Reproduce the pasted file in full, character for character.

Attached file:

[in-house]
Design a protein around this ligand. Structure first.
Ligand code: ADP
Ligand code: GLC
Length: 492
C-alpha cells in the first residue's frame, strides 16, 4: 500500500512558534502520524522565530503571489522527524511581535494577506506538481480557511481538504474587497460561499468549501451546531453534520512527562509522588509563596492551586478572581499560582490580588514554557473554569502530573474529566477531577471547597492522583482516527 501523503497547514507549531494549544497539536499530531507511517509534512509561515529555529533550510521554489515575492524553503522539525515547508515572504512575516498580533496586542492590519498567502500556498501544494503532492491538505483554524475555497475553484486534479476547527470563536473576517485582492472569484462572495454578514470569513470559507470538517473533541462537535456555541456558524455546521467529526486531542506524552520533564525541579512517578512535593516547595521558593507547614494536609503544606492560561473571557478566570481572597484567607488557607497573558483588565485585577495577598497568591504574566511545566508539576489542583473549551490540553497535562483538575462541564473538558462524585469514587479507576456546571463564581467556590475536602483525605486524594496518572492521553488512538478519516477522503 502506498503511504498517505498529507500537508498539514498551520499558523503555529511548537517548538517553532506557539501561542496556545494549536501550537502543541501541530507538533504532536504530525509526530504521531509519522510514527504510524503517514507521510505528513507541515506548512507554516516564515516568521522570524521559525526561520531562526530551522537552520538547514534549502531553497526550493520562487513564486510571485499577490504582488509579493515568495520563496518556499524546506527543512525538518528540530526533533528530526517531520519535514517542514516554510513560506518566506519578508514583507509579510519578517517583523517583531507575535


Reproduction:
[in-house]
Design a protein around this ligand. Structure first.
Ligand code: ADP
Ligand code: GLC
Length: 492
C-alpha cells in the first residue's frame, strides 16, 4: 500500500512558534502520524522565530503571489522527524511581535494577506506538481480557511481538504474587497460561499468549501451546531453534520512527562509522588509563596492551586478572581499560582490580588514554557473554569502530573474529566477531577471547597492522583482516527 501523503497547514507549531494549544497539536499530531507511517509534512509561515529555529533550510521554489515575492524553503522539525515547508515572504512575516498580533496586542492590519498567502500556498501544494503532492491538505483554524475555497475553484486534479476547527470563536473576517485582492472569484462572495454578514470569513470559507470538517473533541462537535456555541456558524455546521467529526486531542506524552520533564525541579512517578512535593516547595521558593507547614494536609503544606492560561473571557478566570481572597484567607488557607497573558483588565485585577495577598497568591504574566511545566508539576489542583473549551490540553497535562483538575462541564473538558462524585469514587479507576456546571463564581467556590475536602483525605486524594496518572492521553488512538478519516477522503 502506498503511504498517505498529507500537508498539514498551520499558523503555529511548537517548538517553532506557539501561542496556545494549536501550537502543541501541530507538533504532536504530525509526530504521531509519522510514527504510524503517514507521510505528513507541515506548512507554516516564515516568521522570524521559525526561520531562526530551522537552520538547514534549502531553497526550493520562487513564486510571485499577490504582488509579493515568495520563496518556499524546506527543512525538518528540530526533533528530526517531520519535514517542514516554510513560506518566506519578508514583507509579510519578517517583523517583531507575535